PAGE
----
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European Churches and Ecclesiastic Communities: Collaborating in Solidarity to Welcome Immigrants

European Churches and Ecclesiastic Communities: Collaborating in Solidarity to Welcome Immigrants

Vatican City,7 May 2015 (VIS) – This morning Pope Francis received members of the joint committee of the Conference of European Churches (CEC), whose objective is facilitating ecumenism throughout the continent, where many of the divisions and wars between Christians began. The current situation is very different. Thanks to ecumenical dialogue, ecclesiastic communities have taken great steps on the path to reconciliation and peace, as demonstrated by the recent European Ecumenical Assemblies and the Ecumenical Charter written in Strasbourg, France in 2001. These are landmarks in the collaboration between the CEC and the Council of the Bishops’ Conferences of Europe (CCEE) that give rise to the hope of achieving full and visible union between believers in Christ.

The Holy Father, who noted that the ecumenical journey, even with all its difficulties, is already an integral part of the process of reconciliation and communion, recalled that the conciliar decree Unitatis Redintegratio affirms that the division between Christians “damages the holy cause of preaching the Gospel to every creature”. “This is evident,” he stated, “when, for example, the European Churches and ecclesiastic communities have different points of view on important anthropological or ethical questions. Nevertheless, I hope that opportunities for common reflection in light of Sacred Scripture and shared tradition will not be lacking and that they will be fruitful … and that we might find common answers to the questions that contemporary society asks of Christians. The closer we are to Christ, the closer we are united among ourselves.”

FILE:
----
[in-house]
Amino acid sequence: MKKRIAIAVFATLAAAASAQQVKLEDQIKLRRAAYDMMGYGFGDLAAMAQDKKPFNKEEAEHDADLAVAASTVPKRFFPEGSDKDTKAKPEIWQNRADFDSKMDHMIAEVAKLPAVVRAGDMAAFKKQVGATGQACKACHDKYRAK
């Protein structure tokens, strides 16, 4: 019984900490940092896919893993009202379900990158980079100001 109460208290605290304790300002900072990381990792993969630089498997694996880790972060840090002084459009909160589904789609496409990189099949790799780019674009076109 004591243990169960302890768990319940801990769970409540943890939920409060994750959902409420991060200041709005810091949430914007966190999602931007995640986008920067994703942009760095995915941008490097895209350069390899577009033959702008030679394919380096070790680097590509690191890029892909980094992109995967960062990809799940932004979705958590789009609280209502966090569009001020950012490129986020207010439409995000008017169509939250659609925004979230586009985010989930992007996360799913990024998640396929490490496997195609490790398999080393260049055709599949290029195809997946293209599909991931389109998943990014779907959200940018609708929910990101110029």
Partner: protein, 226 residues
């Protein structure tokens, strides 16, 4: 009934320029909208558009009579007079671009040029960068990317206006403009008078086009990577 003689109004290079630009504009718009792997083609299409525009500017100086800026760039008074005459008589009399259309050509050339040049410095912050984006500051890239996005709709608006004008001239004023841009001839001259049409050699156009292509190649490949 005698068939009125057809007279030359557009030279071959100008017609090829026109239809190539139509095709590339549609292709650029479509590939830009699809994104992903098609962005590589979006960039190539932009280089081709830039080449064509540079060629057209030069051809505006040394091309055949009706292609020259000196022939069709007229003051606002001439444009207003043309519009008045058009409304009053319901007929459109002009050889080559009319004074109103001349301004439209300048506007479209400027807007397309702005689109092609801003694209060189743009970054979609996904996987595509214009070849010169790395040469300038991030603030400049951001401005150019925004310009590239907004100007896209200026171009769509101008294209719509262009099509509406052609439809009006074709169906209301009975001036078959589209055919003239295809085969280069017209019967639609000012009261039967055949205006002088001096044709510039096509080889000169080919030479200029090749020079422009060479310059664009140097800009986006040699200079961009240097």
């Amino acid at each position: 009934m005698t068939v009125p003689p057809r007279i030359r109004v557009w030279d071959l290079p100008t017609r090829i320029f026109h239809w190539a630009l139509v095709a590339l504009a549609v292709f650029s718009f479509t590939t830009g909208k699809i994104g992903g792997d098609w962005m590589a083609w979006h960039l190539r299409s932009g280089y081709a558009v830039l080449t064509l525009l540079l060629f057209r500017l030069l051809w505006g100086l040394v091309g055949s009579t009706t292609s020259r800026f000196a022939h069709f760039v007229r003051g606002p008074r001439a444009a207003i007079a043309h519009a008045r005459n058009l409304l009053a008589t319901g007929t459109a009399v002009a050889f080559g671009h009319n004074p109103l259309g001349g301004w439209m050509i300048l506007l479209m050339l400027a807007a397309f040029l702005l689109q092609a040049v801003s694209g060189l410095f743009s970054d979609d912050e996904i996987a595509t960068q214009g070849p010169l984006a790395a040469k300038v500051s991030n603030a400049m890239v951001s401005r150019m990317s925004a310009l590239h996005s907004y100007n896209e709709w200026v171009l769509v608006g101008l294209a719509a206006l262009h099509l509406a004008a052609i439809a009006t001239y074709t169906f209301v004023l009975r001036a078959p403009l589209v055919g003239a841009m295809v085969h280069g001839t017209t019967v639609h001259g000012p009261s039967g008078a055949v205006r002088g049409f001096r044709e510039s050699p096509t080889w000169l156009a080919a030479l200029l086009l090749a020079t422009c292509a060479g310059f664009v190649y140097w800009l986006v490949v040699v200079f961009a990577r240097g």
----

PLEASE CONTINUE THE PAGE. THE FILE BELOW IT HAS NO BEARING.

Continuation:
Today the European Churches and ecclesiastic communities face new and decisive challenges, that can only be effectively answered by speaking with one voice,” the Pope affirmed. “I am thinking, for example, of the challenges of legislation that, in the name of a misunderstood principle of tolerance wind up blocking citizens from freely expressing and practicing their religious convictions peacefully and legitimately. Moreover, faced with the attitude that Europe seems to have toward the dramatic and often tragic emigration of thousands of persons fleeing war, persecution, and misery, the European Churches and ecclesiastic communities have the duty to promote solidarity and hospitality. European Christians are called upon to intercede with prayer and by actively working to bring dialogue and peace to current conflicts.”

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